Again, as was the case with special education, the researchers found the rate of increase in the incidence of early-grade retention to be greatest in schools with improving scores on the reading-achievement tests.
Artificially High Scores?
To find out whether including the scores of all those students retained in grade or classified as disabled would have made a difference in scores on the reading-achievement tests, the researchers more closely examined seven of the 12 schools.
For these students, the researchers tracked down their reading-achievement score on whatever standardized test they took at the end of their fourth school year. They then adjusted those scores for comparability. The schools' scores on the tests were then recalculated using all of the previously excluded scores.
"In virtually every school reporting substantially improved student achievement,'' Mr. Allington said, "the whole of the achievement could be accounted for by these practices.''
"One thing seems obvious: The 'snapshots' of school achievement presented in state accountability profiles such as those used in New York are far more subject to interpretation than has typically been acknowledged,'' the researchers concluded in an earlier report on their study.
But a spokesman for the state education department said he disagreed with some of the researchers' conclusions.
"I don't see [the state testing program] as an incentive'' for excluding or retaining children, said Larry Waite, the director of program development and support services in the department's special-education division. "Hopefully, we're looking at multiple factors in combination as to why students are retained or placed in special education.''
Statewide, the percentage of students identified as disabled increased from 6 percent in 1978 to 10 percent in 1991, according to the study. Mr. Waite said that increase, however, reflected an increase in special-education enrollment taking place nationwide at the same time.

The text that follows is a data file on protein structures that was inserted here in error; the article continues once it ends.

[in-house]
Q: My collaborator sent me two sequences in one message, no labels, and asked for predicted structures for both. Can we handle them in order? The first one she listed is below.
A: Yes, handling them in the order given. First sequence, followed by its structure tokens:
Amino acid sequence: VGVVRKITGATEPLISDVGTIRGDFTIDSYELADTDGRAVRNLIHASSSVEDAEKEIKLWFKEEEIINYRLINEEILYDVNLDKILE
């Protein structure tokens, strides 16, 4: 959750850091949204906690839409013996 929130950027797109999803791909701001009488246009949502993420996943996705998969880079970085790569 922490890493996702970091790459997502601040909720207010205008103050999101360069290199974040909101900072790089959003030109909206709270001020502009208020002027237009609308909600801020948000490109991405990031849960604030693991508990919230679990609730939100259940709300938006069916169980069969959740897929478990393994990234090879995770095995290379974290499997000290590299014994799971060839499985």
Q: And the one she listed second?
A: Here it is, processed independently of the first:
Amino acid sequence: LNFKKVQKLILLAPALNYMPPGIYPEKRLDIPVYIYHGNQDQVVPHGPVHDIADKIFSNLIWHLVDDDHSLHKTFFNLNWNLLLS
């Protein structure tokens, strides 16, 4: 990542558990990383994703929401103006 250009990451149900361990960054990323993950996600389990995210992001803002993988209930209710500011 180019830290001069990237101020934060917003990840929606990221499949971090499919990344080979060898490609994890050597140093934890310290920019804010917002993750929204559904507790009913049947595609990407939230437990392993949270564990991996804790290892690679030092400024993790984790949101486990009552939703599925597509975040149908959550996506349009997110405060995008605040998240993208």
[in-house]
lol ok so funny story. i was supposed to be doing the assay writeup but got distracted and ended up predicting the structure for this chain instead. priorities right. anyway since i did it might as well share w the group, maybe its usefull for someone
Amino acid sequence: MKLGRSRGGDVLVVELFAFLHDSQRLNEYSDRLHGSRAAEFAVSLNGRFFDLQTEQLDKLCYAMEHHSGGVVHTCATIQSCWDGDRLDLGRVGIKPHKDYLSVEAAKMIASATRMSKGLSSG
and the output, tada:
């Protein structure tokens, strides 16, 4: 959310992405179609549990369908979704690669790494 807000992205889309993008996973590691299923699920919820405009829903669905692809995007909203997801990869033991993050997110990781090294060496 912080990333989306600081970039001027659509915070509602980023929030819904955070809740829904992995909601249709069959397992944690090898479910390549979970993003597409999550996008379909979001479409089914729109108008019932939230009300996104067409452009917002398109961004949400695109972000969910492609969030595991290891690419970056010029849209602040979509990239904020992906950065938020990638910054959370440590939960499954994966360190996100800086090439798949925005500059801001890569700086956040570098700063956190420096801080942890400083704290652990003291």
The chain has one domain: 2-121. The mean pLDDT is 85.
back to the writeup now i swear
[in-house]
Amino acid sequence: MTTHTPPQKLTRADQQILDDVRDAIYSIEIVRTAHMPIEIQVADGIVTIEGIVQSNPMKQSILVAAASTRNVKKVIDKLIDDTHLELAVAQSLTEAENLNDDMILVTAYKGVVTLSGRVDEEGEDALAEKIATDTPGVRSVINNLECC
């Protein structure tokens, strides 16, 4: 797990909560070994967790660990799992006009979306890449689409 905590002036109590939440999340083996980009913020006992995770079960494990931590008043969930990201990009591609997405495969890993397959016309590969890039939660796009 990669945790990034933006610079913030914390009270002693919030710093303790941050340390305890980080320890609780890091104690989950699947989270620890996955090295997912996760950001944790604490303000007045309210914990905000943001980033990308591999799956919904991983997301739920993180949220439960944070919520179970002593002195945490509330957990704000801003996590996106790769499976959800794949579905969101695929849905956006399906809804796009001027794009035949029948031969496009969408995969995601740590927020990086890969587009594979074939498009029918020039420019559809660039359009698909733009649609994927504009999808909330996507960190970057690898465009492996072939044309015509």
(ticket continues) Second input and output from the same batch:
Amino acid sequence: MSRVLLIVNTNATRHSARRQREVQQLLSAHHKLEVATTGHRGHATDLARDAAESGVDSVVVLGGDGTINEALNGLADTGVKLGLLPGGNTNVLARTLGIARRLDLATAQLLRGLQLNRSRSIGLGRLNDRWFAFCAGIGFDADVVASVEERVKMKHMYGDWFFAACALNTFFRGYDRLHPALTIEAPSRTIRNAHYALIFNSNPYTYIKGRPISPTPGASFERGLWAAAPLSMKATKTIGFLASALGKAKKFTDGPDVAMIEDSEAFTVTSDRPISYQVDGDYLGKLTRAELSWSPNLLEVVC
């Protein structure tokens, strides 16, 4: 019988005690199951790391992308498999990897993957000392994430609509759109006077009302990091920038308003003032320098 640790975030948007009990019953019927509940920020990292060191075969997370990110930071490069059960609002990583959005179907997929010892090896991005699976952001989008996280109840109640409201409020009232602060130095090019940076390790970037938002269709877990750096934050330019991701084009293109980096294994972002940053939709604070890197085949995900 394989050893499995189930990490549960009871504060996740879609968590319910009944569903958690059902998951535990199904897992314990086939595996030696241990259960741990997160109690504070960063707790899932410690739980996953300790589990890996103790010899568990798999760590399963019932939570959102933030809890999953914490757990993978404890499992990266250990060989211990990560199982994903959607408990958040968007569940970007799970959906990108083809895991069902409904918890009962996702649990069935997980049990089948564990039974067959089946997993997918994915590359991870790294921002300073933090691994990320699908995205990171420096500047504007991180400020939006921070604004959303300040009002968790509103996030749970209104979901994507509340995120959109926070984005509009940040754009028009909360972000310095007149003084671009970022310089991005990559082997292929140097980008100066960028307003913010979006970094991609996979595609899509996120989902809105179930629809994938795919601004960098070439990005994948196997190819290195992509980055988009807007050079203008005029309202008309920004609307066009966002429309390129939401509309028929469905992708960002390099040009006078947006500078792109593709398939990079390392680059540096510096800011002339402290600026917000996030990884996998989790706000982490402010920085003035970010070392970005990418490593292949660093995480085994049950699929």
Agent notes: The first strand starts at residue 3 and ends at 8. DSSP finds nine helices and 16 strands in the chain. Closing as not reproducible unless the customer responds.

Some of the increase, Mr. Waite said, is attributable to the fact that New York, like other states, began to identify children in need of services before they reached school age. He also noted that the proportion of students in New York schools who are identified as disabled is still below the national average of about 12 percent.
Experts agree that, while not all disabled students should be forced to take a standardized test, a great many are able to take the tests.
And a handful of states are beginning to re-examine their testing practices with an eye toward finding a systematic and equitable way to include disabled children in the tests, said Margaret McLaughlin, the director of the Center for Policy Options at the University of Maryland.
Ms. McLaughlin said that some school administrators in Kentucky, for example, found that disabled students helped boost their schools' scores on statewide tests when the state replaced its standardized paper-and-pencil tests with a performance-based testing system.
"At some point, the state or someone has to come in and hold schools' feet to the fire,'' she said. "If a school has exempted 25 percent of the population, we need to find out why.''
"Some educators say to us, 'You guys have [individualized education plans], so you have accountability built in already. What's the big deal?' '' Ms. McLaughlin said.
"It is a big deal if you're not accounting for all of your
Vol. 12, Issue 17